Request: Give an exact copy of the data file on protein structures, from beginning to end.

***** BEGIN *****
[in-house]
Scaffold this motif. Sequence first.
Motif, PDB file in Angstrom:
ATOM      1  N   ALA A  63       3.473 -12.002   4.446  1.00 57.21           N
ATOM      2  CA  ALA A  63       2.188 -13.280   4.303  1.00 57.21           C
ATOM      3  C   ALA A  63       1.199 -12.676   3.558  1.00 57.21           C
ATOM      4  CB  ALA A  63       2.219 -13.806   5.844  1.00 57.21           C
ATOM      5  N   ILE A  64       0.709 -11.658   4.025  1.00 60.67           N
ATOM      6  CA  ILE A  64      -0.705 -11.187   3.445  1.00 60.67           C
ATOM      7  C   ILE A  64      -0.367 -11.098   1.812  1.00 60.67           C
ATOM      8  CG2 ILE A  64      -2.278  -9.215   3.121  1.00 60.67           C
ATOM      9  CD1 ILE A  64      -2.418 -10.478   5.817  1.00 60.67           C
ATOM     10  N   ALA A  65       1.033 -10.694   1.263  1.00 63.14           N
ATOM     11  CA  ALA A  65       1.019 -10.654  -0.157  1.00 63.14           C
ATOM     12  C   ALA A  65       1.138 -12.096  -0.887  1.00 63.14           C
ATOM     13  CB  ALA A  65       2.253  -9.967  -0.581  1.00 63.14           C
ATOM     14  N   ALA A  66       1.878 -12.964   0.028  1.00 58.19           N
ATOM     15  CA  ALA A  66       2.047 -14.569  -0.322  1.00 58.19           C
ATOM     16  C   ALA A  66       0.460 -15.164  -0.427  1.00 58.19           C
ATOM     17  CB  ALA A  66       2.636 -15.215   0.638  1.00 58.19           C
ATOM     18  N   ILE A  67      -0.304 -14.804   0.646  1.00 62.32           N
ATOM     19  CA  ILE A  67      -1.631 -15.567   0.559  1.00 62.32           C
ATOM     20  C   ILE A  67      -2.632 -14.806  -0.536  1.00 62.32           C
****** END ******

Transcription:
[in-house]
Scaffold this motif. Sequence first.
Motif, PDB file in Angstrom:
ATOM      1  N   ALA A  63       3.473 -12.002   4.446  1.00 57.21           N
ATOM      2  CA  ALA A  63       2.188 -13.280   4.303  1.00 57.21           C
ATOM      3  C   ALA A  63       1.199 -12.676   3.558  1.00 57.21           C
ATOM      4  CB  ALA A  63       2.219 -13.806   5.844  1.00 57.21           C
ATOM      5  N   ILE A  64       0.709 -11.658   4.025  1.00 60.67           N
ATOM      6  CA  ILE A  64      -0.705 -11.187   3.445  1.00 60.67           C
ATOM      7  C   ILE A  64      -0.367 -11.098   1.812  1.00 60.67           C
ATOM      8  CG2 ILE A  64      -2.278  -9.215   3.121  1.00 60.67           C
ATOM      9  CD1 ILE A  64      -2.418 -10.478   5.817  1.00 60.67           C
ATOM     10  N   ALA A  65       1.033 -10.694   1.263  1.00 63.14           N
ATOM     11  CA  ALA A  65       1.019 -10.654  -0.157  1.00 63.14           C
ATOM     12  C   ALA A  65       1.138 -12.096  -0.887  1.00 63.14           C
ATOM     13  CB  ALA A  65       2.253  -9.967  -0.581  1.00 63.14           C
ATOM     14  N   ALA A  66       1.878 -12.964   0.028  1.00 58.19           N
ATOM     15  CA  ALA A  66       2.047 -14.569  -0.322  1.00 58.19           C
ATOM     16  C   ALA A  66       0.460 -15.164  -0.427  1.00 58.19           C
ATOM     17  CB  ALA A  66       2.636 -15.215   0.638  1.00 58.19           C
ATOM     18  N   ILE A  67      -0.304 -14.804   0.646  1.00 62.32           N
ATOM     19  CA  ILE A  67      -1.631 -15.567   0.559  1.00 62.32           C
ATOM     20  C   ILE A  67      -2.632 -14.806  -0.536  1.00 62.32           C